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Hiking In the Adirondacks

Beautiful Fall day in the Adirondacks

Hannah Strzelinski

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Located in upstate New York, a mere 2 and a half hours away from Oswego, is the Adirondack state park. The Adirondacks are known for Lake Placid, eye-catching fall foliage, and of course, the mountains. Specifically, the 46 highest peaks in New York State.

In 1936, a group of hikers began the Adirondack 46ers club. To become an Adirondack 46er, one must climb all 46 high peaks. But as long as you’ve climbed one of the high peaks, you can call yourself an aspiring 46er. What started out as a small group of friends rapidly grew to a network of thousands of people.

An elite group of hikers don’t just stop at becoming 46ers, some hold the even more rare title of a Winter 46er. The conditions of these mountains in the winter are treacherous; there can be wind chills as low as negative 40 degrees Fahrenheit due to the strong winds on the exposed summits.

Hiking can be a relaxing activity. Mrs. Babcock says that “if I skip a weekend, or particularly two weekends, I get tense. I can feel that I’m not a calm person, because it’s (hiking) really a form of meditation… I’m a much better person when I’m out hiking”.

For those that don’t fancy a mountain hike, there are over 2,000 miles of foot trails in the Adirondacks and plenty of trails to choose from. Some easily accessible options include pond hikes, nature walks, and educational trails such as the options at the Wild Center in Tupper Lake.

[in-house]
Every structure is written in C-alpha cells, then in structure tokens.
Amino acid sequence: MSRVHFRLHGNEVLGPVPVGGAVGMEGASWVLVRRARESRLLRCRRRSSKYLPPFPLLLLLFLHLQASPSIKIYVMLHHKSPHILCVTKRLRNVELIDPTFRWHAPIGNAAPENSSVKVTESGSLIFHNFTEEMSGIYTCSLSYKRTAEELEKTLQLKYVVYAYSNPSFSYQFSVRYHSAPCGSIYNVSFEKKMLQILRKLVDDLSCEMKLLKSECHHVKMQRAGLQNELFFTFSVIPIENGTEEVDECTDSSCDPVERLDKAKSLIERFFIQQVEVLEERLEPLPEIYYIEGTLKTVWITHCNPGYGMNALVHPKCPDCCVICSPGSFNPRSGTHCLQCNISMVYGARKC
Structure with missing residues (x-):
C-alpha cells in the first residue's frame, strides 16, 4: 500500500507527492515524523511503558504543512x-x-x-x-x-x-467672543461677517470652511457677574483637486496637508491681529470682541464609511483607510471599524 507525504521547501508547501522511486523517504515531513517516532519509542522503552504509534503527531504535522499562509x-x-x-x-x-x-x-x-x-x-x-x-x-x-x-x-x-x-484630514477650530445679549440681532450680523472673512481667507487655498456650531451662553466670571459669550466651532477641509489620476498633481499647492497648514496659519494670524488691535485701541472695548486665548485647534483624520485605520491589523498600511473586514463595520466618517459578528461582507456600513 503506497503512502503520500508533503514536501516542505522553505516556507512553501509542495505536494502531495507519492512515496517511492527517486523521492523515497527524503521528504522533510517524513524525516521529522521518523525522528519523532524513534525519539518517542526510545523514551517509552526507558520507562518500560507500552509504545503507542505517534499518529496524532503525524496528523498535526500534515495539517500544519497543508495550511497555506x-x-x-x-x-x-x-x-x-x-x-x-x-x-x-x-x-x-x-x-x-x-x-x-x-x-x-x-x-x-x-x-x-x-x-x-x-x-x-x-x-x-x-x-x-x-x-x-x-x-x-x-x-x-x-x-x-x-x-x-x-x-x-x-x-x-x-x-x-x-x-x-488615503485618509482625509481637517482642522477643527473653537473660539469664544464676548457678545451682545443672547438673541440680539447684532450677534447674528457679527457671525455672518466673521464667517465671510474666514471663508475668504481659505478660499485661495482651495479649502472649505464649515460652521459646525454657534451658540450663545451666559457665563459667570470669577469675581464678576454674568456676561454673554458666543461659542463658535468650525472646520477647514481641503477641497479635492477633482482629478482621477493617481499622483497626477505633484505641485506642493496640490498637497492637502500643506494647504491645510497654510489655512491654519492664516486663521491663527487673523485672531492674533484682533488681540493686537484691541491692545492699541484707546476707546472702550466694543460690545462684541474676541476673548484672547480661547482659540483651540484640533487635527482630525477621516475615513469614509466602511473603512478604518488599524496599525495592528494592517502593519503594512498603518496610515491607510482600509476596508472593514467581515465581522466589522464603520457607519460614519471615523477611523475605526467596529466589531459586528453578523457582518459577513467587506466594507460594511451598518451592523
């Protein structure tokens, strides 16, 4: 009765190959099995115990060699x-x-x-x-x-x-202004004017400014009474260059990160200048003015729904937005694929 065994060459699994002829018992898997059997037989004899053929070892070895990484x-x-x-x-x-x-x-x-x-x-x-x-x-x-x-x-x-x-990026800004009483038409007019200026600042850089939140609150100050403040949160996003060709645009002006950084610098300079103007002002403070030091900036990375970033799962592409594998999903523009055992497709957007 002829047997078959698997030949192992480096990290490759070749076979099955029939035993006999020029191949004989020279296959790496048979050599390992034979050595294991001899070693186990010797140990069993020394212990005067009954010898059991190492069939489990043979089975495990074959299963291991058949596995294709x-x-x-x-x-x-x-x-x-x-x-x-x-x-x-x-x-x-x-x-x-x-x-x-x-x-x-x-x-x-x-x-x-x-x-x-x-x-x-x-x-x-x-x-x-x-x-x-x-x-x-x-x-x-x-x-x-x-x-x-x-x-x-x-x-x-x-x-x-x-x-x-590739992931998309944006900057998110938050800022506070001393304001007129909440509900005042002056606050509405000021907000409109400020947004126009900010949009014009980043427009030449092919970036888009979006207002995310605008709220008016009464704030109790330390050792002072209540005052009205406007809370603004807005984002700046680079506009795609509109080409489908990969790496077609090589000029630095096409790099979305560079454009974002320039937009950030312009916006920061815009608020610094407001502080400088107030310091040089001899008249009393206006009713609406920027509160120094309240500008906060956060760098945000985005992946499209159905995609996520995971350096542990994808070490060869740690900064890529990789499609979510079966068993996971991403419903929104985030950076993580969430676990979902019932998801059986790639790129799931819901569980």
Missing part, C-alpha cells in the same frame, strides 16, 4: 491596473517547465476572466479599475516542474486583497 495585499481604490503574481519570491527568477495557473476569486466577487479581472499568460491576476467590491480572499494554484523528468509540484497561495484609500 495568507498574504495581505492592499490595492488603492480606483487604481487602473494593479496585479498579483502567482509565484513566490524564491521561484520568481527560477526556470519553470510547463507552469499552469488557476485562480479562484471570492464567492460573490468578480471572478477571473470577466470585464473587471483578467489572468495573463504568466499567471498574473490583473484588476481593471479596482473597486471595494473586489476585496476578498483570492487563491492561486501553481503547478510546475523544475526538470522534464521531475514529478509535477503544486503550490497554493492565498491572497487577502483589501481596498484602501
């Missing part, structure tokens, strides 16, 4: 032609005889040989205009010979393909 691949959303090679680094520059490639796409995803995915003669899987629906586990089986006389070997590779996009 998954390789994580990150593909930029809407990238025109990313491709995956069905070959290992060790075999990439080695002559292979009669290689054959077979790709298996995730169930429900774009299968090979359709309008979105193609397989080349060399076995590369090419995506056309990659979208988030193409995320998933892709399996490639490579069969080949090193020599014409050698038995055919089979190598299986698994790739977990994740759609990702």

A good first high peak for beginners is Cascade Mountain. The hike is only 4.8 miles roundtrip with an elevation gain of about 2,000 feet. If you’re looking for a short family-friendly hike near Lake Placid, Mt. Jo is an excellent choice. Mt. Jo is 700 feet high and surrounded by high peaks. The loop trail to Mt. Jo is only 2.1 miles long and there is a $10 parking fee. Because of it’s unique location, the hike is well worth the 360 degree views from the summit.

For those who want to start hiking, there are important things to remember. When interviewed, Mr. DeLorenzo, Mr. Stacy, and Mr. Phaneuf all unanimously said “be prepared”. Mr. Phaneuf went on to suggest to “Do a little research in advance. Know that there are a handful of things that you should always have with you. You need a compass, matches, a light, and enough water to last you your hike… I always have a contingency plan”.

Another option is driving to the top of Whiteface mountain, the fifth highest mountain in New York state. Open May through October, the winding road travels five miles to the top of the mountain. There, just below the summit, is Whiteface Castle. Inside the castle are a café and gift shop. Visitors can hike the short stretch from the parking area to the summit and observatory or take an elevator. There is a $15 fee per vehicle/driver and an $8 fee per each additional passenger.

“I’d love to go (to the Adirondacks) with students and use it as a way to talk about nature and ecology… students don’t go there enough” Mr. Phaneuf said in an interview. The

Adirondack park is vast, diverse, and unique. So, plan a day-trip or weekend getaway and explore the Adirondacks!

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